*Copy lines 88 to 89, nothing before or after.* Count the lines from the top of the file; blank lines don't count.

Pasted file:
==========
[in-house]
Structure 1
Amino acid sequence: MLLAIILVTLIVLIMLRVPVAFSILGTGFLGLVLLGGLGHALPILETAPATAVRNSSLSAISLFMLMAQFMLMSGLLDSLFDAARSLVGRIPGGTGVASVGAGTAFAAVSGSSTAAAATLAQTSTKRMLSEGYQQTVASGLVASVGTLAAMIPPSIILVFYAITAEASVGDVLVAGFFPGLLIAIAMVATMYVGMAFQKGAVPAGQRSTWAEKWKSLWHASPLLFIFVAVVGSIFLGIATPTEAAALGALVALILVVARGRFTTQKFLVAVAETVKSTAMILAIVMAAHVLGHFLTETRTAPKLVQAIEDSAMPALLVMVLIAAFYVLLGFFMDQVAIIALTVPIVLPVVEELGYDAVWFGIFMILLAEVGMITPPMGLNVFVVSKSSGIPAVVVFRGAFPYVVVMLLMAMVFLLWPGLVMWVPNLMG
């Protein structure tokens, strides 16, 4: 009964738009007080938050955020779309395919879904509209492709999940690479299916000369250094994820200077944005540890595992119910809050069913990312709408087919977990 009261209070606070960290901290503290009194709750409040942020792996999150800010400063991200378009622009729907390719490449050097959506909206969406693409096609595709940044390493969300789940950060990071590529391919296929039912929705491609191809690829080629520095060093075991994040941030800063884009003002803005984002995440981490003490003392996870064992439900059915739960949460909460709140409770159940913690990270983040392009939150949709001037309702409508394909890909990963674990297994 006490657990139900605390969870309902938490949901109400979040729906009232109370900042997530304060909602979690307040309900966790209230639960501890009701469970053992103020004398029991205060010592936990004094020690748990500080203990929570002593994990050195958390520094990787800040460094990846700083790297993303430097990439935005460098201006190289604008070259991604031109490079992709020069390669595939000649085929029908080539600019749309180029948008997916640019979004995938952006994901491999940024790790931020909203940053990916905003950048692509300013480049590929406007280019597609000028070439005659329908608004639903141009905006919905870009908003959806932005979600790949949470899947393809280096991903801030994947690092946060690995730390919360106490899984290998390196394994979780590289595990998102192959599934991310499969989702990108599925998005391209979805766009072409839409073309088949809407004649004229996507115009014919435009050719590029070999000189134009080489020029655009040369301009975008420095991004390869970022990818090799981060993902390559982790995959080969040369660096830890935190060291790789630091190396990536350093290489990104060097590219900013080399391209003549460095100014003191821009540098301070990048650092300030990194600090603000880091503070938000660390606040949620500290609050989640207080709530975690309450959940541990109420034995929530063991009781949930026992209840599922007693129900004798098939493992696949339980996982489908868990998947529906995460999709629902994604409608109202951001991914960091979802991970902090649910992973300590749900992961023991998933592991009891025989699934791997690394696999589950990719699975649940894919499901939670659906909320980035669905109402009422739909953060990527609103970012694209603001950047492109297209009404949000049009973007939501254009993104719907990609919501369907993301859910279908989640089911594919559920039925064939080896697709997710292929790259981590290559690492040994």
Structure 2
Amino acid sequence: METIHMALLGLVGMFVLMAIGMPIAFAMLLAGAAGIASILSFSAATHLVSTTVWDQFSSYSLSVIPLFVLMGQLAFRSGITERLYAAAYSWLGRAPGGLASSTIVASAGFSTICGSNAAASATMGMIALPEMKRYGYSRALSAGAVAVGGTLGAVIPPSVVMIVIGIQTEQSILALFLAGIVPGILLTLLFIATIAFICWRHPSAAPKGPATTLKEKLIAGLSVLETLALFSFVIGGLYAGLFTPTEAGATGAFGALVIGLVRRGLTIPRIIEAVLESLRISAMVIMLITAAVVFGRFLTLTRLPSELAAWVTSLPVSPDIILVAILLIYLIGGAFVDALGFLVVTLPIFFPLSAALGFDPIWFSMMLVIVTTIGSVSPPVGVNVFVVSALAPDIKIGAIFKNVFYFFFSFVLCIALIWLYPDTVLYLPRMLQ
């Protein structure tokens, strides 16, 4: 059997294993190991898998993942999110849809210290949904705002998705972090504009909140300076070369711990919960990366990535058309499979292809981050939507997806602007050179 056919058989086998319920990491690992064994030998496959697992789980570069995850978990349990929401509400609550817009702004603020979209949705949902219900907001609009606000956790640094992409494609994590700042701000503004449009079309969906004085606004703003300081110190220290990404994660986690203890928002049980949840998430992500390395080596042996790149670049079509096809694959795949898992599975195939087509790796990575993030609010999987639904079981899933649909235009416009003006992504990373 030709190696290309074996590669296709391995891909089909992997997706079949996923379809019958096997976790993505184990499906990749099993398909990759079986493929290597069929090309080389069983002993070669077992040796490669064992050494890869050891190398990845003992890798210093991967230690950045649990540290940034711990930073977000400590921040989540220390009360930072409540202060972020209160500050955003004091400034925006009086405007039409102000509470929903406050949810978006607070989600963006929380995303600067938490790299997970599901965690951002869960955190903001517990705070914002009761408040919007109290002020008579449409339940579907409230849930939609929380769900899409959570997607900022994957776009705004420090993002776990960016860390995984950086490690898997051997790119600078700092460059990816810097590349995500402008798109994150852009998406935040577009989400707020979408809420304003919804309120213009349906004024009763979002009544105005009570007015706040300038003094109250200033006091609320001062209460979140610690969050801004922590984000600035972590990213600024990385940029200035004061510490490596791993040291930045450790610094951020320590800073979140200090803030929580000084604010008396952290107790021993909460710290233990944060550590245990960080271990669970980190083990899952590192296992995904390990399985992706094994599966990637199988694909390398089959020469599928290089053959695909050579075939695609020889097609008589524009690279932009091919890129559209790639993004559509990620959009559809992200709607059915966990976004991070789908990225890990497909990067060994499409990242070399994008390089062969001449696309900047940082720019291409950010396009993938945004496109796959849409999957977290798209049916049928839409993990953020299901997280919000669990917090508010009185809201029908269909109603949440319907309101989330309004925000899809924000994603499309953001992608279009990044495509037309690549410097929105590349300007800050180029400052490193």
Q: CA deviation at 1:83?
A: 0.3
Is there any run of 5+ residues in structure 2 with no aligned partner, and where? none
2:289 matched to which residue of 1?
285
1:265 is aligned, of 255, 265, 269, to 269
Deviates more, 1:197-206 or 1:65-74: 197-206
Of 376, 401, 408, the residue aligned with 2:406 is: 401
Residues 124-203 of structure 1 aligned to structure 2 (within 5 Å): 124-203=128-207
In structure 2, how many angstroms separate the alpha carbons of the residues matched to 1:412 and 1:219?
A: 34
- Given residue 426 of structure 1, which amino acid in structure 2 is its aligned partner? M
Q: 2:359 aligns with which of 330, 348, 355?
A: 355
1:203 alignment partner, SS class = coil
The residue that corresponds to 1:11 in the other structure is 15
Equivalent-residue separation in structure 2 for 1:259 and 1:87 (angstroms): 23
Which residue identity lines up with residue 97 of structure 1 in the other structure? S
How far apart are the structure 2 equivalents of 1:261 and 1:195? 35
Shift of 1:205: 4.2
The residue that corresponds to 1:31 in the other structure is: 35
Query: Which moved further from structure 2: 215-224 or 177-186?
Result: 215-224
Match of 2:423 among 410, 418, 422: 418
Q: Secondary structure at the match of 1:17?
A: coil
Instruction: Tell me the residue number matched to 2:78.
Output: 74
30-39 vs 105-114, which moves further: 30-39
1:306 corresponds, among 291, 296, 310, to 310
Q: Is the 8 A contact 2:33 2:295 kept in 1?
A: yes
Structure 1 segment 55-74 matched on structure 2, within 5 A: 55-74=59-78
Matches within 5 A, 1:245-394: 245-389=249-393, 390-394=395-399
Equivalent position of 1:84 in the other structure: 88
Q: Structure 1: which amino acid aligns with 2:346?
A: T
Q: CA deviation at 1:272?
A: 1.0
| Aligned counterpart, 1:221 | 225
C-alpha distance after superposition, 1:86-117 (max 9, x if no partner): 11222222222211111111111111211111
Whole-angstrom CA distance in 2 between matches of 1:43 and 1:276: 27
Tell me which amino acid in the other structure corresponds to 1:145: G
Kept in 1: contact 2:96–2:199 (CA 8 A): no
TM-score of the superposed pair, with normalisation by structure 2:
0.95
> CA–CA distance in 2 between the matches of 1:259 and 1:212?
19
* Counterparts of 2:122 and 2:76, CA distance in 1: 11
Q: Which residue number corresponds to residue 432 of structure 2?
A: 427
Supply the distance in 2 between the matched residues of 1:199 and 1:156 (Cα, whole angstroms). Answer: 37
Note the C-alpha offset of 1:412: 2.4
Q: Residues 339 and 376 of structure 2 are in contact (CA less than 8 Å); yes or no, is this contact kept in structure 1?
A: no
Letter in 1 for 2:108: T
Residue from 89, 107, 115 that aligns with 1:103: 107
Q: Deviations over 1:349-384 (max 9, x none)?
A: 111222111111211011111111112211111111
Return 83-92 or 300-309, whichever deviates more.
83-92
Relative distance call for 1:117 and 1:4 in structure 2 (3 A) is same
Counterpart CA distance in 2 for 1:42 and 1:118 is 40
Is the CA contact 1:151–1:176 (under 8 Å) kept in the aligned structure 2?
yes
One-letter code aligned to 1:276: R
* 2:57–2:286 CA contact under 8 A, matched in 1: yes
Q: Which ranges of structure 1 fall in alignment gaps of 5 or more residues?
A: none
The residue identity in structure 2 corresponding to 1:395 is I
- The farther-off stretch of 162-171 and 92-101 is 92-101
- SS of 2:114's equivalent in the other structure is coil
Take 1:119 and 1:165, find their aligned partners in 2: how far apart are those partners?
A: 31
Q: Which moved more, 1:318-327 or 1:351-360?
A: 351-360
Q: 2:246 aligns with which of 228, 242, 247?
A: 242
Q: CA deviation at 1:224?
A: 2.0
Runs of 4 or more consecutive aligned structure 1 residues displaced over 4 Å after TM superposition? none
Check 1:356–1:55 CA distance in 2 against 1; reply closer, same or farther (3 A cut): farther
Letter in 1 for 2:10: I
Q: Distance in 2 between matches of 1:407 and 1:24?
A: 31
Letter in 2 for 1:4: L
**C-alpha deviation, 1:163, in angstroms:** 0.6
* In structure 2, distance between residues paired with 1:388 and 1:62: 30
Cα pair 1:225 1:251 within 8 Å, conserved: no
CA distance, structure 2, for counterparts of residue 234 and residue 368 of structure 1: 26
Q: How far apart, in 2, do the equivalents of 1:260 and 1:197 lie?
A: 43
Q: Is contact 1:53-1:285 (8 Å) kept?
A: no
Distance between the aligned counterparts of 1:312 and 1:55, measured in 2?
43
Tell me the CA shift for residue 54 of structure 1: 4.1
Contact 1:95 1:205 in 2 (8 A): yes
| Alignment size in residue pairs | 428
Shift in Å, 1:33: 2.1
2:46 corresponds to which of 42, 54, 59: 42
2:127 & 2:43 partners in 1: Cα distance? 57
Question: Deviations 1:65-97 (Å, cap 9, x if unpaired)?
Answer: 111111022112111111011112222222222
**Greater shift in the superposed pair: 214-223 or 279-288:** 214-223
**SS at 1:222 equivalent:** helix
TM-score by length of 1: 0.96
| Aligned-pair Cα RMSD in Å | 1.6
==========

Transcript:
Runs of 4 or more consecutive aligned structure 1 residues displaced over 4 Å after TM superposition? none
Check 1:356–1:55 CA distance in 2 against 1; reply closer, same or farther (3 A cut): farther